In an article in The Hindu, Prakash Magdum, the director of the NFAI, stated that copies of several films listed as lost were in fact present in the archive’s collection, and that the bulk of the films destroyed were heavily decayed prints and multiple copies of well-known international films like Sergei Eisenstein’s Battleship Potemkin. An NFAI official who spoke to The Hindu on condition of anonymity stated, “The process of reel disposal is sensitive and can often cause misunderstandings of an alarmist nature. Most of the disposed of material contained a lot of Bollywood pot-boilers. It is unfortunate that lack of resources, which contributed to poor record-keeping in the past, is obscuring our present world-class efforts at film preservation.” Greater clarity about the state of the archive and its past preservation policies may emerge when a full inventory of the NFAI’s collection is completed in November.

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London Community Video Archive Opens its Doors

London Community Video Archive Opens its Doors

With a mandate to preserve and disseminate works from the socially engaged community video movement active between 1970 and 1985 in London and England’s Southeast, the London Community Video Archive was launched in June. Housed within Goldsmiths, University of London’s Department of Media and Communication, the archive’s creation was supported by a Heritage Lottery Fund grant and the British Film Institute. In addition to digital versions of the preserved videos, the organization’s site features oral histories with participants in the movement and documents like photographs and ephemera. The London Community Video Archive site can be accessed here; see here for additional details.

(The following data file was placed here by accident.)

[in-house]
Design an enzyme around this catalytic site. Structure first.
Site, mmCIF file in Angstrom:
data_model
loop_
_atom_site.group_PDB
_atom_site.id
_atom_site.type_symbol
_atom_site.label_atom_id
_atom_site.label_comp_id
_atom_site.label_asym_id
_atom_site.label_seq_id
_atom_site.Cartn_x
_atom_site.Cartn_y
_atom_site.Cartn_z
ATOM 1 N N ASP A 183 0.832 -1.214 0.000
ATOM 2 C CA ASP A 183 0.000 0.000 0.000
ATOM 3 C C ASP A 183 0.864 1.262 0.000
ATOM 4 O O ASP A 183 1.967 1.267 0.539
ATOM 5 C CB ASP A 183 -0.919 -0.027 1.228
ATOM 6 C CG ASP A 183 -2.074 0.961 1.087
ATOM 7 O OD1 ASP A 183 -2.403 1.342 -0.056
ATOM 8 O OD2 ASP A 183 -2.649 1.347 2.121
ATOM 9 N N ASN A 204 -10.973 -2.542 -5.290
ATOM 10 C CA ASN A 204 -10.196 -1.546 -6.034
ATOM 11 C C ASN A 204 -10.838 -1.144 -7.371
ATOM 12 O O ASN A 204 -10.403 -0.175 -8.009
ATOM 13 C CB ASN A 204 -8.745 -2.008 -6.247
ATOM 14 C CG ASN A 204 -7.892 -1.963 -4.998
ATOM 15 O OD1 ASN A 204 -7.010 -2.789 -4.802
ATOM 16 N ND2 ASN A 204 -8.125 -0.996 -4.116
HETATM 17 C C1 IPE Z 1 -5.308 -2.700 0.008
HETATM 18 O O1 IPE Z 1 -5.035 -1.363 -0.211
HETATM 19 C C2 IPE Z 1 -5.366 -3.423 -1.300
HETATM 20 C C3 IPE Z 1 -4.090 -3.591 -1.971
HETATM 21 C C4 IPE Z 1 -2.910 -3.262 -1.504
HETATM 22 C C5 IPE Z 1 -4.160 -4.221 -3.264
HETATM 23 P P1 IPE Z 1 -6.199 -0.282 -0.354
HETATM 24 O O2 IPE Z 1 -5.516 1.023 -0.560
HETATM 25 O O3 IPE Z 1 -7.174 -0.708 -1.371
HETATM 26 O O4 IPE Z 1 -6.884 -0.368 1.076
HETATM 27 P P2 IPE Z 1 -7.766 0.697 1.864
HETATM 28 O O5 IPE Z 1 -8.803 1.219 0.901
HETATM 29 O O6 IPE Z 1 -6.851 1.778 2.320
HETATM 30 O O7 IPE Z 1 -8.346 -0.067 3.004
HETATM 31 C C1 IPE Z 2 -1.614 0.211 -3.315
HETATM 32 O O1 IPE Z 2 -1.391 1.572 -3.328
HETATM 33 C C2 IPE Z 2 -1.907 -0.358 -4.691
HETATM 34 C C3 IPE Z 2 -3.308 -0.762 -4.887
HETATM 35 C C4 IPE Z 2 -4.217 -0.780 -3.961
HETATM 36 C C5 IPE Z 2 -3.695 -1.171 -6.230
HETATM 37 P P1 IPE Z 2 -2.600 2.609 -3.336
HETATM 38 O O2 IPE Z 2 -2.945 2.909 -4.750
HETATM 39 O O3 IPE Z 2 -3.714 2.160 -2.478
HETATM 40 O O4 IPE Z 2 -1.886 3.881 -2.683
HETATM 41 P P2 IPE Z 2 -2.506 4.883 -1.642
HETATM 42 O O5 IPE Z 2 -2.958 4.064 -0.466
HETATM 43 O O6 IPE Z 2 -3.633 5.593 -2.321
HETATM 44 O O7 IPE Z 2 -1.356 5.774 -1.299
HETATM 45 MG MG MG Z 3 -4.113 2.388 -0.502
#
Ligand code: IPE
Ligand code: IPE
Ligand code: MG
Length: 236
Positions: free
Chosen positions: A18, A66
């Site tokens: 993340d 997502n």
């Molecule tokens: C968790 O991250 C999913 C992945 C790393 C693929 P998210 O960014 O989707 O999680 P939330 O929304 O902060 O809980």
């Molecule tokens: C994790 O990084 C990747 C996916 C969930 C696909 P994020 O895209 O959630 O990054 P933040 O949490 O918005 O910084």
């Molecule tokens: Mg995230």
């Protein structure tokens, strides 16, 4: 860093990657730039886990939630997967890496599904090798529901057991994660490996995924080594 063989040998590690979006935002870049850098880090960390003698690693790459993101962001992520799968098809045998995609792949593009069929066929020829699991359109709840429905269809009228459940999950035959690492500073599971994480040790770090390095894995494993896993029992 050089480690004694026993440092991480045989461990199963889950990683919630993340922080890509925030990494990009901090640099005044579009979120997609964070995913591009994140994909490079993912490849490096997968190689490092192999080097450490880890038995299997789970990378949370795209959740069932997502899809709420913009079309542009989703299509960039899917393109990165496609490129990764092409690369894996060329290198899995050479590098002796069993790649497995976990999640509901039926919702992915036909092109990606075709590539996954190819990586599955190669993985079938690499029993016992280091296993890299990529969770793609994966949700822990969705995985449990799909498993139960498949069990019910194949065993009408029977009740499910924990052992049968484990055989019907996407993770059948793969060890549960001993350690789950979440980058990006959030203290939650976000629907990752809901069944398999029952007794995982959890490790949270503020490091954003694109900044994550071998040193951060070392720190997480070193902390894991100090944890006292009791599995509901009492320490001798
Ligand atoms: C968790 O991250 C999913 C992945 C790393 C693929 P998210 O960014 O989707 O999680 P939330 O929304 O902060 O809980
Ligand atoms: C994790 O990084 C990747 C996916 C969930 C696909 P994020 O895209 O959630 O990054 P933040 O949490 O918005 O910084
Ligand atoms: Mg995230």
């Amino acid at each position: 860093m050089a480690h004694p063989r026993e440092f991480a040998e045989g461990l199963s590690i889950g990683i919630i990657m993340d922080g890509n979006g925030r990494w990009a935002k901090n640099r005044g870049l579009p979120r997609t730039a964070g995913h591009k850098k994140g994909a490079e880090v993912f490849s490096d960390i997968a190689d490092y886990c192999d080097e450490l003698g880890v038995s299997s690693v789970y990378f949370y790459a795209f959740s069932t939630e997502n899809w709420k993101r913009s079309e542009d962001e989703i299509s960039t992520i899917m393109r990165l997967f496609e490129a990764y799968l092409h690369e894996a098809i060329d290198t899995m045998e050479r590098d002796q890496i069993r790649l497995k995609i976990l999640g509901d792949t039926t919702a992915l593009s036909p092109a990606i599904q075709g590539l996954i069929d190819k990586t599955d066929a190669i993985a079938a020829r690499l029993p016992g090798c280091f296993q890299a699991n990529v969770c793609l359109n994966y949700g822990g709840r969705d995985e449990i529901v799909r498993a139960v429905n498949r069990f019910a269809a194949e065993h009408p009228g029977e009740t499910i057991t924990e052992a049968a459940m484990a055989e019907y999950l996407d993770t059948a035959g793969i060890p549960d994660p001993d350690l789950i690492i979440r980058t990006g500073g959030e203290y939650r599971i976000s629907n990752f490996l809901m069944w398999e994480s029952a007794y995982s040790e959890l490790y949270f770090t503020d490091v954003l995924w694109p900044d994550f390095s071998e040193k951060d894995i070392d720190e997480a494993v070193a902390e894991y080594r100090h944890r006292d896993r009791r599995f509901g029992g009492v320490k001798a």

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EXHIBITIONS AND FESTIVALS

36th Giornate del Cinema Muto in Pordenone, Italy Showcases “Nasty Women,” the Impact of World War I A Hundred Years On

36th Giornate del Cinema Muto in Pordenone, Italy Showcases “Nasty Women,” the Impact of World War I A Hundred Years On

Blanche Sweet in The Deadlier Sex (Robert Thornby, 1920) which capped off the “Nasty Women” series at this year’s edition of the Giornate del Cinema Muto.

These year’s programs for the Giornate del Cinema Muto referenced both recent history—with “nasty woman,” a memorable insult from the 2016 US presidential election, giving its title to a program on unruly females in silent cinema—and the events of a hundred years past, with “The Effects of War” program displaying the devastation of World War I. Other festival highlights included Soviet travelogues, Swedish cinema, Norwegian educational films shot in Africa, and two saundo-ban (silent Japanese films post-synchronized with phonograph records) directed by Yasujiro Ozu and Hotei Namura. Rediscovered and restored films screened at the festival include several Lumière films acquired by the George Eastman House (see item in “Preservation” section) and the 1915 version of The Golem, directed by Henrik Galeen and Paul Wegener. Reports on the festival are available here, here, here, and here.